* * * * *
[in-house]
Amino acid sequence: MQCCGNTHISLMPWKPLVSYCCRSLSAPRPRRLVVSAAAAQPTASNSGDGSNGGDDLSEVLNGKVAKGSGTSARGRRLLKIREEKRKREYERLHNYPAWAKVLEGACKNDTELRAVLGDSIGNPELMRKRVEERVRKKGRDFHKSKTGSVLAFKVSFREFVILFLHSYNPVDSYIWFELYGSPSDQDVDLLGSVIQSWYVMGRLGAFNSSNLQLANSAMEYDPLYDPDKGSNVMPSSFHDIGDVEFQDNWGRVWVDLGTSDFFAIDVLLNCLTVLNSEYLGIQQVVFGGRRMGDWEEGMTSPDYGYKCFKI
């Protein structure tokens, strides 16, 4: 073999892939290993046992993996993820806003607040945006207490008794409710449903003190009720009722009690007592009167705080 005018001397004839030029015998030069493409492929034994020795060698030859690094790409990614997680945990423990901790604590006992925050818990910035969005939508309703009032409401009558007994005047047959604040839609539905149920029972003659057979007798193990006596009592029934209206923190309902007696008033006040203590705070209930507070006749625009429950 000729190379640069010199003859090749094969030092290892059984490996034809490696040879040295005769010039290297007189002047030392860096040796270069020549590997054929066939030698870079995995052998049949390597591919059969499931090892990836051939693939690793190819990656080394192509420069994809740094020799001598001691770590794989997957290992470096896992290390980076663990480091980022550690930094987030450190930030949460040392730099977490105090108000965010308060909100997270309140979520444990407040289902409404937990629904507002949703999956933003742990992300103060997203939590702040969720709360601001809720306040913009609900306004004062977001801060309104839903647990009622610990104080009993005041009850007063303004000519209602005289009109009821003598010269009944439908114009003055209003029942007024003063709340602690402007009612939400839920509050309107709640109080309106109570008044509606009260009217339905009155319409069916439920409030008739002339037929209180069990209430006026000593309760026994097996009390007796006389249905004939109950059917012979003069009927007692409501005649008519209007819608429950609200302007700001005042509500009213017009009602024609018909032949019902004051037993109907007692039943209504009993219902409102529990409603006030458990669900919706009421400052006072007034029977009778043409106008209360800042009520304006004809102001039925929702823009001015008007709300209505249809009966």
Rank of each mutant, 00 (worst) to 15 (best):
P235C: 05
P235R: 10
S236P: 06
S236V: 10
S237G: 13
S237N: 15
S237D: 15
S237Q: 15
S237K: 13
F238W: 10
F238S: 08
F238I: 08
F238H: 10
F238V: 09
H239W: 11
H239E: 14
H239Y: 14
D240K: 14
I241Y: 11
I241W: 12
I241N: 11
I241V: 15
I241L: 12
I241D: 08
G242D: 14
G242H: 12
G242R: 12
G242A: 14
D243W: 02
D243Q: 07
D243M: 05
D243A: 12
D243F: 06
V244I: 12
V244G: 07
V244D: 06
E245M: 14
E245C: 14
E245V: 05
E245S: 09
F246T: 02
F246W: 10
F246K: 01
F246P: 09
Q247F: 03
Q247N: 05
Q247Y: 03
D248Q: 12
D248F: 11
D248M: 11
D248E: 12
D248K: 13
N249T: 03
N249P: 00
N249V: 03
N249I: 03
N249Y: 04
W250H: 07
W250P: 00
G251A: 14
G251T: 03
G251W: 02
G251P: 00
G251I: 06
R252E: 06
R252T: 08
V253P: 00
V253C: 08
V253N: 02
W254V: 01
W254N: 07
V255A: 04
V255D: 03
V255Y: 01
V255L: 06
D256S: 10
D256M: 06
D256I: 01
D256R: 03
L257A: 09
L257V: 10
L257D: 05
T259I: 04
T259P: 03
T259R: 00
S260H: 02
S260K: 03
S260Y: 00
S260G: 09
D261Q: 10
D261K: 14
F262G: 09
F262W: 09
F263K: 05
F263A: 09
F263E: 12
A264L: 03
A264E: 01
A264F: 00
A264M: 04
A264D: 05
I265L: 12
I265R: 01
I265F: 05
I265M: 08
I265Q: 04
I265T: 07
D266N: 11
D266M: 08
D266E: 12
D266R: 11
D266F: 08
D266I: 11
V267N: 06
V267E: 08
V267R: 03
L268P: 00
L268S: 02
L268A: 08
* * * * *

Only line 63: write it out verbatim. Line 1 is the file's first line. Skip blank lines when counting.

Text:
W250P: 00